The turnover contagion process: An integrative review of theoretical and empirical research


Employee turnover has long been considered a prominent concern for managers because it is associated with expenses, such as loss of productivity and replacement costs. Moreover, employee turnover is also detrimental to an organization because it may stimulate additional incidents of turnover within the workplace. That is, employee turnover can be “contagious” in that employees tend to imitate the turnover-related attitudes and behaviors of their coworkers. To date, the “turnover contagion” phenomenon has been investigated from multiple perspectives, splintering this research into several, seemingly distinct topics. Because of such diverse approaches to studying the spread of turnover, we lack a clear perspective on what turnover contagion is, how the turnover contagion process unfolds, and how to manage it. To resolve the ambiguities surrounding the turnover contagion process, we review 42 research papers relevant to the turnover contagion process. Based on our review, we present an integrated perspective on “turnover contagion” that clearly delineates this phenomenon, describes what the extant research says about how coworker turnover processes impact employees' propensities to leave, and offers future research directions with the potential to deepen our understanding and management of turnover contagion.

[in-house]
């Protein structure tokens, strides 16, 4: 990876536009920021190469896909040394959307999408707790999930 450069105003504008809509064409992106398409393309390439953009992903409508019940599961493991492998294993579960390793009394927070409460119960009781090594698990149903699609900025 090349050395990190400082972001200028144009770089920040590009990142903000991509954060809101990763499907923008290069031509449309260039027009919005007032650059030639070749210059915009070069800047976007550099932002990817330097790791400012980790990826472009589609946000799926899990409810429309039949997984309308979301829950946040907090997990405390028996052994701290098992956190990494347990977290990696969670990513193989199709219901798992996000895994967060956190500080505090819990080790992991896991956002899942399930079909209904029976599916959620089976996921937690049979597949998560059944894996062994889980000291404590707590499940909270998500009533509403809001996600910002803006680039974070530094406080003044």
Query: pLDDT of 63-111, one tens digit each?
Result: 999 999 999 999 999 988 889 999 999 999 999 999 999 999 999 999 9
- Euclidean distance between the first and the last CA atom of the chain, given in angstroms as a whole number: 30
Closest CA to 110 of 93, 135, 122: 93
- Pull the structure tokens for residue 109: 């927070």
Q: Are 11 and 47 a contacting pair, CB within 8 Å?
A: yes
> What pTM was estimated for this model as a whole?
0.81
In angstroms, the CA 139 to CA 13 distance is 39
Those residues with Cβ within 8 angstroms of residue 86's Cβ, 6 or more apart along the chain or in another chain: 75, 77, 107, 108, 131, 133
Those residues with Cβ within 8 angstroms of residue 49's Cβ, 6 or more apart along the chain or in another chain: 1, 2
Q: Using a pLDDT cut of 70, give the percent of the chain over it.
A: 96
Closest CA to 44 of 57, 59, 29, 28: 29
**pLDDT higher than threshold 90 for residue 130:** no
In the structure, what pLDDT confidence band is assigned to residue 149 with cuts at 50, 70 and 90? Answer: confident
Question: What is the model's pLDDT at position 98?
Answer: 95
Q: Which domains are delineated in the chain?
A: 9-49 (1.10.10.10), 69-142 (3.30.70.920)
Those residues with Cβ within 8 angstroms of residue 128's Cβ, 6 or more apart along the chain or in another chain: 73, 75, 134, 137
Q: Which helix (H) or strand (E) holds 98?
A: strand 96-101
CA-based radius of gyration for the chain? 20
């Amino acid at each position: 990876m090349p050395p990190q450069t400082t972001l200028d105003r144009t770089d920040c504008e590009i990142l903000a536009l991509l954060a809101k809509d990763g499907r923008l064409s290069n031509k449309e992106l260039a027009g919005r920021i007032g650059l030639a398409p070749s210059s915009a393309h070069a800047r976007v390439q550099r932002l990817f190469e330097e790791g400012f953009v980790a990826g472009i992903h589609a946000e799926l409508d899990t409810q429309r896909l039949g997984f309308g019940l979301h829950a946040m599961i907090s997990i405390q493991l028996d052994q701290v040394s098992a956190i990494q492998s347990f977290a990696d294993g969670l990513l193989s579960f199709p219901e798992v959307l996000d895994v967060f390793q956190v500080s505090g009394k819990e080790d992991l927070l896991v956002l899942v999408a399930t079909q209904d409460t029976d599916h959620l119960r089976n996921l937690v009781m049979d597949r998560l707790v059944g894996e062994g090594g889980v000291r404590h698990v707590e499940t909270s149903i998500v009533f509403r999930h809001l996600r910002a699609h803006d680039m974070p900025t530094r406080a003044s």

Publication Title

Journal of Organizational Behavior